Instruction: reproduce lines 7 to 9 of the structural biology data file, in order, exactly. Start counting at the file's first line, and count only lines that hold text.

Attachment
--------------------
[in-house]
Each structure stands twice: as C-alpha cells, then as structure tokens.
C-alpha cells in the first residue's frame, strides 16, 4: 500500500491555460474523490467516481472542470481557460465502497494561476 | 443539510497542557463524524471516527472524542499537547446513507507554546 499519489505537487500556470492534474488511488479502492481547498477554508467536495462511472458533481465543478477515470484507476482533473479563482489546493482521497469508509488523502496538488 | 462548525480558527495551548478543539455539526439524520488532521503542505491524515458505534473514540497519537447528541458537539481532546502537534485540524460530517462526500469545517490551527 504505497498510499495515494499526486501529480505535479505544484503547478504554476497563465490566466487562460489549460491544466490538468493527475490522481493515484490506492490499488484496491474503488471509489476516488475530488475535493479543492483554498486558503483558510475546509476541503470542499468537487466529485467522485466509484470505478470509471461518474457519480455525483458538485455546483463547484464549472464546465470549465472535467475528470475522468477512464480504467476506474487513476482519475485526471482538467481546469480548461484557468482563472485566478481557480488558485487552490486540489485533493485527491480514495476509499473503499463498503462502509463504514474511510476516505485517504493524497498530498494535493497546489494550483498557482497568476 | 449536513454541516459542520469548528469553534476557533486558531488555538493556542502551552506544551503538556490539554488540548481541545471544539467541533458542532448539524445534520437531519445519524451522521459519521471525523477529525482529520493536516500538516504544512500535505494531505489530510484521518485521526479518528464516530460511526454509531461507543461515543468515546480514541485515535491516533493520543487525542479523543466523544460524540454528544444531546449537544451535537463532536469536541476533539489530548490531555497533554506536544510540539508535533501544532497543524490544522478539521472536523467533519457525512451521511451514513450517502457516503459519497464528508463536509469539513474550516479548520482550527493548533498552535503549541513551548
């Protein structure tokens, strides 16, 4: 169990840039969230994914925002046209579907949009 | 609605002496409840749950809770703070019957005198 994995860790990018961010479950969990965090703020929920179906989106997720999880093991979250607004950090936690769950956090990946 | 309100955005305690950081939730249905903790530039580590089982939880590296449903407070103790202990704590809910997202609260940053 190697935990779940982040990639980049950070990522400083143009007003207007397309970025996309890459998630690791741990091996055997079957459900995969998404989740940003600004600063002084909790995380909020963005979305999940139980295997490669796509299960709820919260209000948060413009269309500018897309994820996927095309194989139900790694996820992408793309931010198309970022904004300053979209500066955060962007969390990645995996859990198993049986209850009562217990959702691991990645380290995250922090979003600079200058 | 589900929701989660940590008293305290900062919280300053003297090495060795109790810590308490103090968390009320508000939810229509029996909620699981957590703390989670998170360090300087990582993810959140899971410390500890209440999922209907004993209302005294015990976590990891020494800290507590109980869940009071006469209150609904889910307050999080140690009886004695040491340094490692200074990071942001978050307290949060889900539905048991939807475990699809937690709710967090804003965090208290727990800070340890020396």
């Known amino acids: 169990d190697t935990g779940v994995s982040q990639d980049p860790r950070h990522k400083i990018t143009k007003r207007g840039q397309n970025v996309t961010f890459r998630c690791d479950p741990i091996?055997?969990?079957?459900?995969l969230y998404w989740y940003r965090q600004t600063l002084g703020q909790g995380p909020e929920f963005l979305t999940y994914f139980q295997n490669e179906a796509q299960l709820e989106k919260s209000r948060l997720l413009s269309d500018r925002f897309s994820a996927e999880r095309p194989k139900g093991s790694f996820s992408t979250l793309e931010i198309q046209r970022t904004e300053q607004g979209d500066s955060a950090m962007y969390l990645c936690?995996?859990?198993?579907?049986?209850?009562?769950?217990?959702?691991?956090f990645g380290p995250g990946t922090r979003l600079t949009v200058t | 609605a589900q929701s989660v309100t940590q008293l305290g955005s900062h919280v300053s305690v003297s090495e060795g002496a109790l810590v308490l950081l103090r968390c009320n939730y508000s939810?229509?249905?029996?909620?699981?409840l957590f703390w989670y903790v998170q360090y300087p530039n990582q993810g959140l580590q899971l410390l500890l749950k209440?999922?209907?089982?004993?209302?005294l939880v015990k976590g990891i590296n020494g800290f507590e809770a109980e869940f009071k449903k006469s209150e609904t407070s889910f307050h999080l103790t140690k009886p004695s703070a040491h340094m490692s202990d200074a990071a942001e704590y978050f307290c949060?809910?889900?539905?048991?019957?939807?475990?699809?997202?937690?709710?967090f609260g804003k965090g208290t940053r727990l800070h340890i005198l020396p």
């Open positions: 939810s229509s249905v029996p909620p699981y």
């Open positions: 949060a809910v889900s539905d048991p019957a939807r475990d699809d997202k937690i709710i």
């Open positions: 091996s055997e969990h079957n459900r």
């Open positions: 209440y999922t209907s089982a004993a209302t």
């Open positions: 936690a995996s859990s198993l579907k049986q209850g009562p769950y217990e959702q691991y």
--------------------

């Open positions: 949060a809910v889900s539905d048991p019957a939807r475990d699809d997202k937690i709710i």
């Open positions: 091996s055997e969990h079957n459900r």
């Open positions: 209440y999922t209907s089982a004993a209302t």